One complaint says the company should have known about the link between ovarian cancer and talcum powder in 1971 when the first study was conducted by Dr. WJ Henderson in Wales.
By 1982, the first epidemiological study was conducted by Dr. Daniel Cramer which found a 92% increased risk in ovarian cancer among women using talc for genital use. Twenty-two additional studies since then have reported an elevated risk for ovarian cancer associated with genital-talc use in women, according to one plaintiffs’ complaint.
Talc was found to be a carcinogen in a 1993 study by the US National Toxicology Program, whether it was found with or without asbestos-like fibers.
As might be expected, industry formed its own association the Talc Interested Party Task Force (TIPTF) to pool resources and defend talc use, and to prevent its regulation. Scientists were hired to explain the safety of talc, while scientific papers were edited by scientists hired by industry, all to promote disinformation, says one complaint.
The Cancer Prevention Coalition in November 1994 sent a letter to Johnson & Johnson CEO Ralph Larsen, informing him as far back and the 1960’s studies show “conclusively that the frequent use of talcum powder in the genital area pose a serious health risk of ovarian cancer.”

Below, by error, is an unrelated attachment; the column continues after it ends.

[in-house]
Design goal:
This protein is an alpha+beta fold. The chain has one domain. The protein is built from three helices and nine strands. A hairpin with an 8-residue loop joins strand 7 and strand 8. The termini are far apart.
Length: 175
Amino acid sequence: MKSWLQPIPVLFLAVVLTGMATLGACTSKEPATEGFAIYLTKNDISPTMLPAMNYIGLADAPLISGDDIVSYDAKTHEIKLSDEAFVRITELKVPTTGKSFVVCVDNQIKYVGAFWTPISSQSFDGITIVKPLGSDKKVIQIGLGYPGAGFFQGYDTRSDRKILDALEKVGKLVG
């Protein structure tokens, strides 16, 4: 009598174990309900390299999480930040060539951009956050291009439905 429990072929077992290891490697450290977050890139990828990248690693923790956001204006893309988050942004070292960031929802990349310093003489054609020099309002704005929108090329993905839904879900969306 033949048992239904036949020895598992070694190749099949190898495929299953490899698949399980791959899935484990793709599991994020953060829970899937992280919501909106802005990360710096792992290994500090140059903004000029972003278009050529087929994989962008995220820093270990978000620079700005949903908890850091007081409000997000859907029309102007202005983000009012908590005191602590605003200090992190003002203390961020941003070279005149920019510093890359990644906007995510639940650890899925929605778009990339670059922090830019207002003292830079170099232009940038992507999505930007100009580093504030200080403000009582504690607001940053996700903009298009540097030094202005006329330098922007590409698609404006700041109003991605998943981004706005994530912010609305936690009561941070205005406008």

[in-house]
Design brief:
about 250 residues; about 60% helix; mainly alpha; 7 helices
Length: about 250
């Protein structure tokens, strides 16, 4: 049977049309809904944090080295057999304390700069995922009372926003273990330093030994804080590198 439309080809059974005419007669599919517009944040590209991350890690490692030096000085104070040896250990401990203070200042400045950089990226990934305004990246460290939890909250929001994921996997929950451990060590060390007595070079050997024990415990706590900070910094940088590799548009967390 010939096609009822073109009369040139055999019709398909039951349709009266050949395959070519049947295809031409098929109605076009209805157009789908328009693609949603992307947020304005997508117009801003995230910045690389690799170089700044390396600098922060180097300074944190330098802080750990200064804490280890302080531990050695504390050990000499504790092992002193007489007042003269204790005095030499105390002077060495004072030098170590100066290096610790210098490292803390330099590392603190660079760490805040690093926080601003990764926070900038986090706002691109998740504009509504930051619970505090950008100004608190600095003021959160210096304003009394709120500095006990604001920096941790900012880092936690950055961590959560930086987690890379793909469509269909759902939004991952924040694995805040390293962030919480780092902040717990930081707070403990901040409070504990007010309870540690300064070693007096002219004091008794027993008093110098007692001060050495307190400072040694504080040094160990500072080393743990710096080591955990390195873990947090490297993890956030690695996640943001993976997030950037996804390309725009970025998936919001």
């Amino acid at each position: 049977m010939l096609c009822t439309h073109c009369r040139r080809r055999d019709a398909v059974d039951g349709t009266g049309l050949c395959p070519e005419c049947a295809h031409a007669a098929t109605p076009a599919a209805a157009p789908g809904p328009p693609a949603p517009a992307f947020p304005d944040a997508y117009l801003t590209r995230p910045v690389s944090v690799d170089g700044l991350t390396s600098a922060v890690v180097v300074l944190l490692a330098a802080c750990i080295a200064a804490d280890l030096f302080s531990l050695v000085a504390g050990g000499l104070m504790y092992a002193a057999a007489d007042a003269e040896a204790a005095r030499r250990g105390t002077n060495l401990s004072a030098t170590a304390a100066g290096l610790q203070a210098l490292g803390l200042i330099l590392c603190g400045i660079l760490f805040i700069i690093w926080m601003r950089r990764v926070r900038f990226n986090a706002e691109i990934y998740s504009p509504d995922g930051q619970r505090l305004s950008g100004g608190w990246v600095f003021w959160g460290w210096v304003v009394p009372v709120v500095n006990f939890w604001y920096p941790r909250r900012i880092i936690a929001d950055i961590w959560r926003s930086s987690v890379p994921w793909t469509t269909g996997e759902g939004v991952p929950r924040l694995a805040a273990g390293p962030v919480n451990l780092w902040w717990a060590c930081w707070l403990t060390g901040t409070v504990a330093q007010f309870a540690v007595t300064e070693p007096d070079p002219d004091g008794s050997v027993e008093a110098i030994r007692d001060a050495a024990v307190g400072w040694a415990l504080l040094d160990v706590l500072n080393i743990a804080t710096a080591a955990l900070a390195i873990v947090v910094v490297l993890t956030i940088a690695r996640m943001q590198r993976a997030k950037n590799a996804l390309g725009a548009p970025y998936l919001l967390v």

It said 14,000 women die every year from ovarian cancer because it is very difficult to detect and has a low survival rate.
Instead, J&J advertised Johnson’s Baby Powder to “use every day to help feel soft, fresh, and comfortable.” The company advertised its other talcum powder product, Show to Shower with the slogan, “A sprinkle a day keeps odor away.” Another slogan was “Your body perspires in more places than just under your arms,” and “Shower to Shower can be used all over your body.”
Studies show African-American women are more inclined to use vaginal deodorants, so J&J targeted marketing to the black community.
By 1996, the condom industry stop dusting condoms with talc due to health concerns of ovarian cancer.
Since 2006, the International Association for the Research of Cancer (IARC), part of the World Health Organization, has classified perineal use of talcum body powder as a Group 2B human carcinogen. Among women using talc genitally, IARC found an increase in ovarian cancer risk from 30 to 60%.
Canada has classified talc as D2A or very toxic, the same classification as asbestos.
To this day, the J&J Baby Powder still does not an adequate warning or instructions regarding the increased risk of ovarian cancer with use of the products.
Author, Jane Akre is a journalist who focuses on injuries to women by drugs or devices. She provides quality research, blogs, interviews, content and copywriting services to law firms. She is currently creating the website, www.womenshealthlitigation.com, preparing her first podcast, and would love to talk to you about your goals. You can reach her through her website www.meshnewsdesk.com or at firstname.lastname@example.org (904) 613-2828.
EuroTalc, Scientific Association of European Talc Producers
Material Data Safety Sheet